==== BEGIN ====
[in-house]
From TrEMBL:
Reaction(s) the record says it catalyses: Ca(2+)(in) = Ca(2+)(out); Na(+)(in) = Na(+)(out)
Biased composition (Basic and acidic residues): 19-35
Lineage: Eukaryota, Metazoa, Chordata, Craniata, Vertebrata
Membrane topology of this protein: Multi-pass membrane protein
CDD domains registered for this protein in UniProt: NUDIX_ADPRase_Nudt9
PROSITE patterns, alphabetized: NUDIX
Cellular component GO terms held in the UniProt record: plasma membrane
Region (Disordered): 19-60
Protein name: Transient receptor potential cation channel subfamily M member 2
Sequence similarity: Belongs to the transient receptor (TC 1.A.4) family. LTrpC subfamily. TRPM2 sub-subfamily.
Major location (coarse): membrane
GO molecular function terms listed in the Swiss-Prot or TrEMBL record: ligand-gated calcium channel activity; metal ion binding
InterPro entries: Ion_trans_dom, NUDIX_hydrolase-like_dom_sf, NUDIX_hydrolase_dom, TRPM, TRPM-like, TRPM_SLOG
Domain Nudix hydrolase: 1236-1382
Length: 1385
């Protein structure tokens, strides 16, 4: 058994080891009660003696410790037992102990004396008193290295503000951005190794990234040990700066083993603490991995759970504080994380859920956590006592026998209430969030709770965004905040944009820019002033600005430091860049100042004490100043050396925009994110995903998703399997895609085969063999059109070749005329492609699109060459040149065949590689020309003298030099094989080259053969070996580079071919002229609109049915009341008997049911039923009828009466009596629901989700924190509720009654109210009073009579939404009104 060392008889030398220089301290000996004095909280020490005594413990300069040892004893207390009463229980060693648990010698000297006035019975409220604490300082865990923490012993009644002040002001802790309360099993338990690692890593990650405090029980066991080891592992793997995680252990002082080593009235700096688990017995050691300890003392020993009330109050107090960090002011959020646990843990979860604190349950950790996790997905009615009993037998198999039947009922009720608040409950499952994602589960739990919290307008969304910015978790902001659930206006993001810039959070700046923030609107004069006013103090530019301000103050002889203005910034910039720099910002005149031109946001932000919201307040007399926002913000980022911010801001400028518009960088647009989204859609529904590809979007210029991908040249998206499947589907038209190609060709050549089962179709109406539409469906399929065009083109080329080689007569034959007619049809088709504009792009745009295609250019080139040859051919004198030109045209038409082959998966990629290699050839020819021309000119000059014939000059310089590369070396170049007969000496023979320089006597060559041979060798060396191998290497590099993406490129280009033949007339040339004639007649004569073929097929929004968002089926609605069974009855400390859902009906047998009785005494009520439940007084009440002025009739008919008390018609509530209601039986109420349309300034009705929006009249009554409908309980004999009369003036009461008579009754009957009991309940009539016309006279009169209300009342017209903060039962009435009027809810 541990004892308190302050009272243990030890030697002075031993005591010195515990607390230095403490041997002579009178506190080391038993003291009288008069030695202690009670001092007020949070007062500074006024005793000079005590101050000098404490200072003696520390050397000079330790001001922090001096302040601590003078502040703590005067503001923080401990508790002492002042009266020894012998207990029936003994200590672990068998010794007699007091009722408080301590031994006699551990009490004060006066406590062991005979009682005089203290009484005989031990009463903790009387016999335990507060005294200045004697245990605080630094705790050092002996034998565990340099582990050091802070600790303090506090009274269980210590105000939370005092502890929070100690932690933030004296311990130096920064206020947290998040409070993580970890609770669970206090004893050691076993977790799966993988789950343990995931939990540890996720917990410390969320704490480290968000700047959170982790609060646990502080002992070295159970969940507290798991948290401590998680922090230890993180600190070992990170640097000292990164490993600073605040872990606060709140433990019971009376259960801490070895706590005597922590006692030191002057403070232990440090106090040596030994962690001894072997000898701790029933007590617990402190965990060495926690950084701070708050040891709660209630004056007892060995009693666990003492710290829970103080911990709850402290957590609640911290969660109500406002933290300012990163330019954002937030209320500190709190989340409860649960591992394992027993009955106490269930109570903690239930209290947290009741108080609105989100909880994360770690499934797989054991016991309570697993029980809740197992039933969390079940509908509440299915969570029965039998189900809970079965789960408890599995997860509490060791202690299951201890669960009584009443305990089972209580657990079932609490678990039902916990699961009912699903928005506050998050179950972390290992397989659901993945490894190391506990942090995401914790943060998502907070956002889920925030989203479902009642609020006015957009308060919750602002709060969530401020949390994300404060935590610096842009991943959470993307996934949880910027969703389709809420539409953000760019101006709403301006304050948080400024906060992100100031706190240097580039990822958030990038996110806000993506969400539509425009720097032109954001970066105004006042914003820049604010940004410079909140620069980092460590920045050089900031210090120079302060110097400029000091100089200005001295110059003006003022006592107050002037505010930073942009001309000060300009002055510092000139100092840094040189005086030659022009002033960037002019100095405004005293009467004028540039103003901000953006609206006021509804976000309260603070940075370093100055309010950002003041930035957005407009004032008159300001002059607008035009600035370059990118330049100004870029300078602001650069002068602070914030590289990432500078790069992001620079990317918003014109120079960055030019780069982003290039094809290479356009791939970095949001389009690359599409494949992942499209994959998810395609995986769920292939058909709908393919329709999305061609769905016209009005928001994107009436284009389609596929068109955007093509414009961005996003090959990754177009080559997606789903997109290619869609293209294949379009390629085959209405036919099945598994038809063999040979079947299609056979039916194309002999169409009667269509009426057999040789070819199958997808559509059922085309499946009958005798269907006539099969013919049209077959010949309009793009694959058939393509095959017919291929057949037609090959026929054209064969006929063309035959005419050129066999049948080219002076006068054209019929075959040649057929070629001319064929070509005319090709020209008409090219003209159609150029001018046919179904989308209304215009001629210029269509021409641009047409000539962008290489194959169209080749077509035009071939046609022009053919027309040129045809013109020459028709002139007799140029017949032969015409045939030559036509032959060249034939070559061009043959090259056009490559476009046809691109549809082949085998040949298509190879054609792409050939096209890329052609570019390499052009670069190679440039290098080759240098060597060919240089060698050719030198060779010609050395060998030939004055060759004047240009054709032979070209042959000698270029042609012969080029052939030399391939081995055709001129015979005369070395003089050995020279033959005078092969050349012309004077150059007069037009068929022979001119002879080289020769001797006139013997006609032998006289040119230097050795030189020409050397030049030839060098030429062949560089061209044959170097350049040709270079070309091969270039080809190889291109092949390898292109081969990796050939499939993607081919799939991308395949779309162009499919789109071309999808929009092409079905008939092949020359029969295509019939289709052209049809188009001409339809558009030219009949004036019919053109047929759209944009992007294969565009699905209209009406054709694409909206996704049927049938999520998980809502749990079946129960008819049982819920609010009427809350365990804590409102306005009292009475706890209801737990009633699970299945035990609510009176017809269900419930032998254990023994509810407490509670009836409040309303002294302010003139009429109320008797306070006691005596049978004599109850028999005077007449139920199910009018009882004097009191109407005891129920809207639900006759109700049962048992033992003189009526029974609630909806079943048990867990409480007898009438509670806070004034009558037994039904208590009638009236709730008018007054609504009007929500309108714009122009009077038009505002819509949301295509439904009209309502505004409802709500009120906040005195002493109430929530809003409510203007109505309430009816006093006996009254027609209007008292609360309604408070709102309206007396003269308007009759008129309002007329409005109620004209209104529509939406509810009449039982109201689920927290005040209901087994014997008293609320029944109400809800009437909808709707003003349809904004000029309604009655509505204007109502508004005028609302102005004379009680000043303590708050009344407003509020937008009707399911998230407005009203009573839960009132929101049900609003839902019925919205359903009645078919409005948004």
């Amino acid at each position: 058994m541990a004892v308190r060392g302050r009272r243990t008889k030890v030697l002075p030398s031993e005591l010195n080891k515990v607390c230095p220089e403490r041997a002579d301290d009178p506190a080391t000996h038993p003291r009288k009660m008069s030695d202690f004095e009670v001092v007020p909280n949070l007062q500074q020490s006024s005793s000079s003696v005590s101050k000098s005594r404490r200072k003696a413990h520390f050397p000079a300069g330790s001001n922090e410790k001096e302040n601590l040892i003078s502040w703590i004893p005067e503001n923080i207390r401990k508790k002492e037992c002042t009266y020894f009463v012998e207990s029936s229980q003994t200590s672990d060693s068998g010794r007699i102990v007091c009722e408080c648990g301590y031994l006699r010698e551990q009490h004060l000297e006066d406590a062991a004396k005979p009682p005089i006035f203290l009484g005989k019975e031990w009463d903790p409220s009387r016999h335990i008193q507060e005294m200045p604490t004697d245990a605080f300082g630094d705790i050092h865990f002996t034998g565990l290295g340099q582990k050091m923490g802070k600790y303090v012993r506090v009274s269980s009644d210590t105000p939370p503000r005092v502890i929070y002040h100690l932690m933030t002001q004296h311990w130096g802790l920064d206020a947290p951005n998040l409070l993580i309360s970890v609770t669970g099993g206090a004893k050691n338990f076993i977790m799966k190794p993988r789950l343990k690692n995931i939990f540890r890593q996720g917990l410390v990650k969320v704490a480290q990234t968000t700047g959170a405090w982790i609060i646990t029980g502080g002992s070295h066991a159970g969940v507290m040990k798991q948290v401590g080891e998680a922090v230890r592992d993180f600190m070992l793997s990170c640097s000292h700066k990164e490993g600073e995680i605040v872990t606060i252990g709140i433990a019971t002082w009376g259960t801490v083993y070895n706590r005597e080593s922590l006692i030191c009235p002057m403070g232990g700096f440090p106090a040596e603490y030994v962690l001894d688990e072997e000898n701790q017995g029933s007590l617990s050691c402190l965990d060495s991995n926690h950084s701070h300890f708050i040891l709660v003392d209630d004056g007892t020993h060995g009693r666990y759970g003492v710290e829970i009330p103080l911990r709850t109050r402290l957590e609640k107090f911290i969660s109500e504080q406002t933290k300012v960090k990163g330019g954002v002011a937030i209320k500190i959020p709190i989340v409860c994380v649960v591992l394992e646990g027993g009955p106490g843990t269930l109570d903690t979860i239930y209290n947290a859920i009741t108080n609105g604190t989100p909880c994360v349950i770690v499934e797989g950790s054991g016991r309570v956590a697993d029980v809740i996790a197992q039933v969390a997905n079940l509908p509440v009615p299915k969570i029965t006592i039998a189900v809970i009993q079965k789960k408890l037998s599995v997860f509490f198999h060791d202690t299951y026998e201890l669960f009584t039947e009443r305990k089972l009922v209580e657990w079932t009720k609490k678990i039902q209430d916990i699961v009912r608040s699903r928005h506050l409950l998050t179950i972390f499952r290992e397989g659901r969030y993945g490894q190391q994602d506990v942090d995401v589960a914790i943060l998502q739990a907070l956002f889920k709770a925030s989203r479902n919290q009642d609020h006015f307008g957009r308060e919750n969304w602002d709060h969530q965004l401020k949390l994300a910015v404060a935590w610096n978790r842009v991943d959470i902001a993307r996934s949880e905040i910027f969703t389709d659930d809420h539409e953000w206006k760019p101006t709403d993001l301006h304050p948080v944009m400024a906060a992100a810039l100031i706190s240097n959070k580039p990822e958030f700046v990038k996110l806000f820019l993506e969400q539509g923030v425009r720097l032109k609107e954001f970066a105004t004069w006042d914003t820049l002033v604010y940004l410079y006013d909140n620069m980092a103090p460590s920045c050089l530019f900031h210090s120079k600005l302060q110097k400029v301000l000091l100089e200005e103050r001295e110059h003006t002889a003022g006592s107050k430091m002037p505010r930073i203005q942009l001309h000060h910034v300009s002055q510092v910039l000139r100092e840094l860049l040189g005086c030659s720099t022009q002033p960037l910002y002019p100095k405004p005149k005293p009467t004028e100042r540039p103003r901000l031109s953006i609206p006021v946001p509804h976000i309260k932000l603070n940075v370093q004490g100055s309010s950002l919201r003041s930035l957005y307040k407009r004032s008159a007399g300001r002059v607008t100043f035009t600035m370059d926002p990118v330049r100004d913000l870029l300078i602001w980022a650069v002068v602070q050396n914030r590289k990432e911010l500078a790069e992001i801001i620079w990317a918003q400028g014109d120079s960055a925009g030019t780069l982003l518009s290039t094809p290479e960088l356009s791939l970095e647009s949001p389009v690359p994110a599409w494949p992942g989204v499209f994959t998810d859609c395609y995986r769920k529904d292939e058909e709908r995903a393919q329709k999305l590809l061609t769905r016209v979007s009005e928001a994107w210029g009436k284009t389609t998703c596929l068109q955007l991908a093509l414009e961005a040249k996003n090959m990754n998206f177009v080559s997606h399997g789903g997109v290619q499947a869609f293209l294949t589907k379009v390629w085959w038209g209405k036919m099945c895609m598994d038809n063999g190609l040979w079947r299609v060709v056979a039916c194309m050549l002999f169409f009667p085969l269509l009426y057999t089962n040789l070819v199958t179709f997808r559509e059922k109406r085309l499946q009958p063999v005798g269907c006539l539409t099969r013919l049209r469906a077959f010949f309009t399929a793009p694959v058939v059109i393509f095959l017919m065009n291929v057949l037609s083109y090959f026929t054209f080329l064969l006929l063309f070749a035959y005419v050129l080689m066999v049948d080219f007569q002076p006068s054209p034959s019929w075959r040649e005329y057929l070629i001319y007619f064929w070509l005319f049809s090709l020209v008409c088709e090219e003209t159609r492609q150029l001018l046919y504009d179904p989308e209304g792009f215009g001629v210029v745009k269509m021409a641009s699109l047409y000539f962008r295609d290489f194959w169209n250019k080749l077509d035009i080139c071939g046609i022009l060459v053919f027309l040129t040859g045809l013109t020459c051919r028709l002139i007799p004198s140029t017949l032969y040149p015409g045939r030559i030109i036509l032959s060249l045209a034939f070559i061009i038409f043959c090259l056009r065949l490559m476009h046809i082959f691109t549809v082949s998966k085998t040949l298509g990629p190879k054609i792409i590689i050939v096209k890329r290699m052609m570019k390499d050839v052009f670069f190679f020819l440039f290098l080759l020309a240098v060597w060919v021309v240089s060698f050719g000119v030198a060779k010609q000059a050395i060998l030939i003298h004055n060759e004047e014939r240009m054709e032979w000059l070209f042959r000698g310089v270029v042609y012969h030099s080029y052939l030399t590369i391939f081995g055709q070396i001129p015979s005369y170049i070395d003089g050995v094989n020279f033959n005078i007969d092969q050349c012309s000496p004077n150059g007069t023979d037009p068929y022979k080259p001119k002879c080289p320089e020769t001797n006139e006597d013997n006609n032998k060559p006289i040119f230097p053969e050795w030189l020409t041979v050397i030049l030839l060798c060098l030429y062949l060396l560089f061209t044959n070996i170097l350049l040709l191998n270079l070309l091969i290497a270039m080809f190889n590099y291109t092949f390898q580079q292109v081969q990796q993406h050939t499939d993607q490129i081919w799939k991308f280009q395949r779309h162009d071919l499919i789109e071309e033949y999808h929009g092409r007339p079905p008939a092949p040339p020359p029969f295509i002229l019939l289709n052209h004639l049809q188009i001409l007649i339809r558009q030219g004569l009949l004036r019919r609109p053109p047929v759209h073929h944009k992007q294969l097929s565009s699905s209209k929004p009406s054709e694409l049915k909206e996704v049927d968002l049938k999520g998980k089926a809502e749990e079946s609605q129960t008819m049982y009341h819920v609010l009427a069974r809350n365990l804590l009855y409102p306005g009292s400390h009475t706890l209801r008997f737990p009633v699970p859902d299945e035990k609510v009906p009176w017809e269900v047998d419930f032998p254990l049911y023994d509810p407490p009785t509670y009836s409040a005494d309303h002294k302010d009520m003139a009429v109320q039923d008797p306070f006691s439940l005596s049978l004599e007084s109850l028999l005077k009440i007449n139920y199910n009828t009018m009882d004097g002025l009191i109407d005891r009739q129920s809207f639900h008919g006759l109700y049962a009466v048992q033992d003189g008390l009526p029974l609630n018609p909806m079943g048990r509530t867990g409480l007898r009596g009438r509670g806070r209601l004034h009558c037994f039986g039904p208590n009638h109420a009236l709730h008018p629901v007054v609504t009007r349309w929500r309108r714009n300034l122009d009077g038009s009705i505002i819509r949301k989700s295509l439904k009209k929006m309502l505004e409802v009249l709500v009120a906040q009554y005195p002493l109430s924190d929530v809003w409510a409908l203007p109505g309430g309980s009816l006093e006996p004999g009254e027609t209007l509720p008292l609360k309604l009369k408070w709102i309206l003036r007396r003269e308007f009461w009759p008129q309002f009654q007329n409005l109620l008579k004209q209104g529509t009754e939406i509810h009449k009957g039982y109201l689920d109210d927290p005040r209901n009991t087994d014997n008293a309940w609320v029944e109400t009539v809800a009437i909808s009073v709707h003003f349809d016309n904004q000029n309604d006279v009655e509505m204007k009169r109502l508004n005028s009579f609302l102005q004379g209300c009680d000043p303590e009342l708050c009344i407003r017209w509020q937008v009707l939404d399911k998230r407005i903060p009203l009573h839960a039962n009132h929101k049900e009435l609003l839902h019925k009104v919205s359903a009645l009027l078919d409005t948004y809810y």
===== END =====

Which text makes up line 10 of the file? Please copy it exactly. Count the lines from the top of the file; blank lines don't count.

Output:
Region (Disordered): 19-60